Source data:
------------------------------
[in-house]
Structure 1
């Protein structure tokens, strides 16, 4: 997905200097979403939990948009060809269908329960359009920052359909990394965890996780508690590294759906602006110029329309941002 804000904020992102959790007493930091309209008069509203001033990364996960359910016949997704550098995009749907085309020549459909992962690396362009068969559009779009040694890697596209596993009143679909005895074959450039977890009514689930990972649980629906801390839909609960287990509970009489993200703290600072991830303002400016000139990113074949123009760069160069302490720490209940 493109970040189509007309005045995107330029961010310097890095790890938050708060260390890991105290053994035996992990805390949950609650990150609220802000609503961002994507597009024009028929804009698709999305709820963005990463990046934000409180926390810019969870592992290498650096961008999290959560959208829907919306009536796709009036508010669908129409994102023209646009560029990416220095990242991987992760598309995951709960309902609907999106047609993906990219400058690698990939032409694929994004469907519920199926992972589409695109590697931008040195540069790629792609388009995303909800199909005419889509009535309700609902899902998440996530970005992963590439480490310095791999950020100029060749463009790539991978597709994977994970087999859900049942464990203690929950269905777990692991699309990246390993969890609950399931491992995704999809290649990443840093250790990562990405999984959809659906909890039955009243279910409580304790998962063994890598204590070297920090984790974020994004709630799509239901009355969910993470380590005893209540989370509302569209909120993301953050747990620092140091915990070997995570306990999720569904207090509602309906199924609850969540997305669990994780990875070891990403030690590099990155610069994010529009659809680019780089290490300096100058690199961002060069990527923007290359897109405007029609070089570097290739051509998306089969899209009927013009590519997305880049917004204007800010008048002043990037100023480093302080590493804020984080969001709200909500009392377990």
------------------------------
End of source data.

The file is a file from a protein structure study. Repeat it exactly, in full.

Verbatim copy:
[in-house]
Structure 1
């Protein structure tokens, strides 16, 4: 997905200097979403939990948009060809269908329960359009920052359909990394965890996780508690590294759906602006110029329309941002 804000904020992102959790007493930091309209008069509203001033990364996960359910016949997704550098995009749907085309020549459909992962690396362009068969559009779009040694890697596209596993009143679909005895074959450039977890009514689930990972649980629906801390839909609960287990509970009489993200703290600072991830303002400016000139990113074949123009760069160069302490720490209940 493109970040189509007309005045995107330029961010310097890095790890938050708060260390890991105290053994035996992990805390949950609650990150609220802000609503961002994507597009024009028929804009698709999305709820963005990463990046934000409180926390810019969870592992290498650096961008999290959560959208829907919306009536796709009036508010669908129409994102023209646009560029990416220095990242991987992760598309995951709960309902609907999106047609993906990219400058690698990939032409694929994004469907519920199926992972589409695109590697931008040195540069790629792609388009995303909800199909005419889509009535309700609902899902998440996530970005992963590439480490310095791999950020100029060749463009790539991978597709994977994970087999859900049942464990203690929950269905777990692991699309990246390993969890609950399931491992995704999809290649990443840093250790990562990405999984959809659906909890039955009243279910409580304790998962063994890598204590070297920090984790974020994004709630799509239901009355969910993470380590005893209540989370509302569209909120993301953050747990620092140091915990070997995570306990999720569904207090509602309906199924609850969540997305669990994780990875070891990403030690590099990155610069994010529009659809680019780089290490300096100058690199961002060069990527923007290359897109405007029609070089570097290739051509998306089969899209009927013009590519997305880049917004204007800010008048002043990037100023480093302080590493804020984080969001709200909500009392377990």